Sacrificing the climate for reelections

In business as well as international politics, the best and ideal agreement is one that is credible and expected to be complied with. Compliance often necessitates trade sanctions or other sufficiently severe consequences ...

In climate talks, it's always been America first

The shadow of Donald Trump looms large over the climate-rescue Paris Agreement, thrashed out by nearly 200 countries over years of painstaking, often belligerent, bartering in which the United States has a chequered history.

Final Kyoto analysis shows 100% compliance

All 36 countries that committed to the Kyoto Protocol on climate change complied with their emission targets, according to a scientific study released today. In addition, the Kyoto process and climate-related policies, represented ...

China won't improve emissions control pledges

China will not improve on its pledges to control emissions, the country's top climate negotiator said on Thursday ahead of key UN climate change talks in Paris.

Global climate agreements could be counterproductive

International climate agreements like the Kyoto Protocol may discourage much-needed investment in renewable energy sources, and hence be counterprodutive, according to new research.

Looking beyond the Kyoto Protocol

Ten years ago, on 16 February 2005, the Kyoto Protocol came into force. The aim of this international agreement was to reduce the annual emissions of greenhouse gases. Targets and expectations were high, but have the goals ...

EU's total responsibility for global emissions has increased

"The Kyoto Protocol has not met the expectations. Currently, global emissions are at a more than 50% higher level than during the Protocol's reference year, 1990. In the light of current trends and the annual increase in ...

page 1 from 14

Kyoto Protocol

The Kyoto Protocol is a protocol to the United Nations Framework Convention on Climate Change (UNFCCC or FCCC), an international environmental treaty with the goal of achieving "stabilization of greenhouse gas concentrations in the atmosphere at a level that would prevent dangerous anthropogenic interference with the climate system." The Kyoto Protocol establishes legally binding commitment for the reduction of four greenhouse gases (carbon dioxide, methane, nitrous oxide, sulphur hexafluoride), and two groups of gases (hydrofluorocarbons and perfluorocarbons) produced by "annex I" (industrialized) nations, as well as general commitments for all member countries. As of January 2009[update], 183 parties have ratified the protocol, which was initially adopted for use on 11 December 1997 in Kyoto, Japan and which entered into force on 16 February 2005. Under the Kyoto Protocol, industrialized countries agreed to reduce their collective green house gas (GHG) emissions by 5.2% from the level in 1990. National limitations range from the reduction of 8% for the European Union and others to 7% for the United States, 6% for Japan, and 0% for Russia. The treaty permitted the emission increases of 8% for Australia and 10% for Iceland.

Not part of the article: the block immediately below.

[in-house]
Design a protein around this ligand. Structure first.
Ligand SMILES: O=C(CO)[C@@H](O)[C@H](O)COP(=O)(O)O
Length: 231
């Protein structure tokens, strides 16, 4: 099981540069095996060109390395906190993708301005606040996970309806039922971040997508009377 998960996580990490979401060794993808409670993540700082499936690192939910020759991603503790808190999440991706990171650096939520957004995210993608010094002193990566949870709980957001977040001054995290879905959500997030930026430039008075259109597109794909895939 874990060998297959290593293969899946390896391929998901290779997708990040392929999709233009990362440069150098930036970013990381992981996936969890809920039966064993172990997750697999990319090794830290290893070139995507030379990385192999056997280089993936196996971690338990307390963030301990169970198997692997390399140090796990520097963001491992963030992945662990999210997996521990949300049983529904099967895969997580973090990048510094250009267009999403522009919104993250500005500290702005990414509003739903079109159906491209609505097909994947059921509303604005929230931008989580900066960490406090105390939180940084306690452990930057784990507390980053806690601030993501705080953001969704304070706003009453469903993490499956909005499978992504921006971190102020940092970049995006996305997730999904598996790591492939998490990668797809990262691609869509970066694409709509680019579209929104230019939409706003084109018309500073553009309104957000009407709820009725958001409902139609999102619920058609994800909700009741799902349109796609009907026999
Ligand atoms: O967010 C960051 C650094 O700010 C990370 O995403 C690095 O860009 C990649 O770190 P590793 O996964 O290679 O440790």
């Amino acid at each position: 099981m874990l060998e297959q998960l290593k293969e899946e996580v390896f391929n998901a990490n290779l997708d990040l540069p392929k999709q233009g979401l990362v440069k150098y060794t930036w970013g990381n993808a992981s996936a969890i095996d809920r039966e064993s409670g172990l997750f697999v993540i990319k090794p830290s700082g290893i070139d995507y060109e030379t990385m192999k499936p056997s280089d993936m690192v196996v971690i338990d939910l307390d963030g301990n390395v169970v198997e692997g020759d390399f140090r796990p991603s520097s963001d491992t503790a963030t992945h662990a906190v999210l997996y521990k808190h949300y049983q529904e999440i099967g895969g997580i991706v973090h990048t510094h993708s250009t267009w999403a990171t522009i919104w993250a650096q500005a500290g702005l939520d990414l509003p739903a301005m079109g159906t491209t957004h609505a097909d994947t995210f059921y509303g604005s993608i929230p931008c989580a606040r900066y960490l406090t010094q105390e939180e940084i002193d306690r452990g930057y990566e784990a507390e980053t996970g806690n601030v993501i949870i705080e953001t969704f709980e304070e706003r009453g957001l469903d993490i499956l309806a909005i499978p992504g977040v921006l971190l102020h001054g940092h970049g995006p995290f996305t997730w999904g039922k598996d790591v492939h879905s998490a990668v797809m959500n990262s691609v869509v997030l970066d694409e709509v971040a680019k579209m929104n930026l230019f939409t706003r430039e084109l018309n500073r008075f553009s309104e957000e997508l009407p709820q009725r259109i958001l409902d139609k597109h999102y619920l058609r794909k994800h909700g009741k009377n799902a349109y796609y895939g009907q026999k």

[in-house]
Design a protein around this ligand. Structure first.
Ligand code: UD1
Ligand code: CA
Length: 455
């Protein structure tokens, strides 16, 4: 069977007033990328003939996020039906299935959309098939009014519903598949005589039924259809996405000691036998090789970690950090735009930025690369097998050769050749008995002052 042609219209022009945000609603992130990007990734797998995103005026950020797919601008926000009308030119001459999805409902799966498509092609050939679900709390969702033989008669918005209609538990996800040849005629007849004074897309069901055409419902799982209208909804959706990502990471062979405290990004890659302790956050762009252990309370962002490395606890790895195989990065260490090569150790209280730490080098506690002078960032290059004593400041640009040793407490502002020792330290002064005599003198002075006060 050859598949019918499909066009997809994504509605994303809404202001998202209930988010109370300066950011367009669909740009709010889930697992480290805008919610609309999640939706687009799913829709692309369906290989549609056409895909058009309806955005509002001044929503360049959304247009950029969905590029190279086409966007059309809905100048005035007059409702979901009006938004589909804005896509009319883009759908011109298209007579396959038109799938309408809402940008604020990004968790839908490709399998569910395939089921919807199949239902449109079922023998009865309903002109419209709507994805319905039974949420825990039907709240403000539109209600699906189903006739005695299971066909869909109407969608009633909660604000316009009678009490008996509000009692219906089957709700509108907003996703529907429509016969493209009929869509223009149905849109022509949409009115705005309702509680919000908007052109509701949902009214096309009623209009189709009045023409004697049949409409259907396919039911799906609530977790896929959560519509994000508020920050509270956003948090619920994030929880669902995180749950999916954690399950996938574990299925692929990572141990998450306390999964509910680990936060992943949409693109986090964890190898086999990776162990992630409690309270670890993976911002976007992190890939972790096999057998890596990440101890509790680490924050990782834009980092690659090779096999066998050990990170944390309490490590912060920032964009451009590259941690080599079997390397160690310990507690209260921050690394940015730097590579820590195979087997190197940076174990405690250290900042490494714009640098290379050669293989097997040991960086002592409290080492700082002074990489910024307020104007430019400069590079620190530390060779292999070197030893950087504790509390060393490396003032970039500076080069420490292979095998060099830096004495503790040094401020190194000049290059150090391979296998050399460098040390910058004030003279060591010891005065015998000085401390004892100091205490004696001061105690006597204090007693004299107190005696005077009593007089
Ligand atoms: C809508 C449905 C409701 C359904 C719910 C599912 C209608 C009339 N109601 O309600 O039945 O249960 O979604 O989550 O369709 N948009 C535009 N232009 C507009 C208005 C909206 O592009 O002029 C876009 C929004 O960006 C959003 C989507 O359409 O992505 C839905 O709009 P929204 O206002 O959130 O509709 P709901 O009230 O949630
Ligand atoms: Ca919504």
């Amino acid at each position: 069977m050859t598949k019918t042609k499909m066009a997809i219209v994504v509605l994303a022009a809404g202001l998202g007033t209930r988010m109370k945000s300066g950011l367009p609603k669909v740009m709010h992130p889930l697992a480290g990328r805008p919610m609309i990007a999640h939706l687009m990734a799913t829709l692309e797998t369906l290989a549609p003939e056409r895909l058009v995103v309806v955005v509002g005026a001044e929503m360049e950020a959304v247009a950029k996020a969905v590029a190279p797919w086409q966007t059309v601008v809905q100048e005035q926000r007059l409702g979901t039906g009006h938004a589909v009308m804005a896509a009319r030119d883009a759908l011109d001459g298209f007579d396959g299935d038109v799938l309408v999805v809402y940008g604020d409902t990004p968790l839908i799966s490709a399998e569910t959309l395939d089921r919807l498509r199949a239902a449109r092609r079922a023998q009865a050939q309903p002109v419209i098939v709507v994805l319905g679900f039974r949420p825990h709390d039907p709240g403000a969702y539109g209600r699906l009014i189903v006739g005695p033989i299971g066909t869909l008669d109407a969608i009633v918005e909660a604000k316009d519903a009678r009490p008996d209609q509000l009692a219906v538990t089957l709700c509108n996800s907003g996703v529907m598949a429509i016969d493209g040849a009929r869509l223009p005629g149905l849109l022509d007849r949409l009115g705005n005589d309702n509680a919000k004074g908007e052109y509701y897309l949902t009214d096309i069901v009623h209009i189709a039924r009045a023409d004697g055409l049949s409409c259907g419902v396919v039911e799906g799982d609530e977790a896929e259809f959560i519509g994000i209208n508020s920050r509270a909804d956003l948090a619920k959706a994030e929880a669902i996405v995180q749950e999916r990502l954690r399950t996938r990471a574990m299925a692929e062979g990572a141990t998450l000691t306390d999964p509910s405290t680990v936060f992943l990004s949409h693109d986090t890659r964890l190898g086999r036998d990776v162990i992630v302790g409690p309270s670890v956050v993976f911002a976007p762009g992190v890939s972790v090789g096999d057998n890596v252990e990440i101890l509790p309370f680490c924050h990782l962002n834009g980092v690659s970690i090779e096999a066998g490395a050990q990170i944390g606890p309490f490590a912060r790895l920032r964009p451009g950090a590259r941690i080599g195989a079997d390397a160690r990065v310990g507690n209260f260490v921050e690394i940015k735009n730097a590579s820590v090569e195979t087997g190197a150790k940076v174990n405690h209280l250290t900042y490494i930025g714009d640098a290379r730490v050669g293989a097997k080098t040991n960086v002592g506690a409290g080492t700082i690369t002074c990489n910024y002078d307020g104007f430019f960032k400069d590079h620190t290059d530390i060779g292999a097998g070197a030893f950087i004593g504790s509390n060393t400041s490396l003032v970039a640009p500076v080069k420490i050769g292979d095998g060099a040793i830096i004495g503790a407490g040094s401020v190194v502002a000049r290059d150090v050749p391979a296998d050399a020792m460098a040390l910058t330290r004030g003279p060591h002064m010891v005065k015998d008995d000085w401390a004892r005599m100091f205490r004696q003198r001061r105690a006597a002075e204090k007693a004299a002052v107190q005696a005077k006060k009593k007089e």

Kyoto includes defined "flexible mechanisms" such as Emissions Trading, the Clean Development Mechanism and Joint Implementation to allow annex I economies to meet their GHG emission limitations by purchasing GHG emission reductions credits from elsewhere, through financial exchanges, projects that reduce emissions in non-annex I economies, from other annex I countries, or from annex I countries with excess allowances. In practice this means that non-annex I economies have no GHG emission restrictions, but have financial incentives to develop GHG emission reduction projects to receive "carbon credits" that can then be sold to annex I buyers, encouraging sustainable development. In addition, the flexible mechanisms allow annex I nations with efficient, low GHG-emitting industries, and high prevailing environmental standards to purchase carbon credits on the world market instead of reducing greenhouse gas emissions domestically. Annex I entities typically will want to acquire carbon credits as cheaply as possible, while non-annex I entities want to maximize the value of carbon credits generated from their domestic Greenhouse Gas Projects.

Among the annex I signatories, all nations have established Designated National Authorities to manage their greenhouse gas portfolios; countries including Japan, Canada, Italy, the Netherlands, Germany, France, Spain and others are actively promoting government carbon funds, supporting multilateral carbon funds intent on purchasing carbon credits from non-annex I countries, and are working closely with their major utility, energy, oil and gas and chemicals conglomerates to acquire greenhouse gas certificates as cheaply as possible.[citation needed] Virtually all of the non-annex I countries have also established Designated National Authorities to manage the Kyoto process, specifically the "CDM process" that determines which GHG Projects they wish to propose for accreditation by the CDM Executive Board.

This text uses material from Wikipedia, licensed under CC BY-SA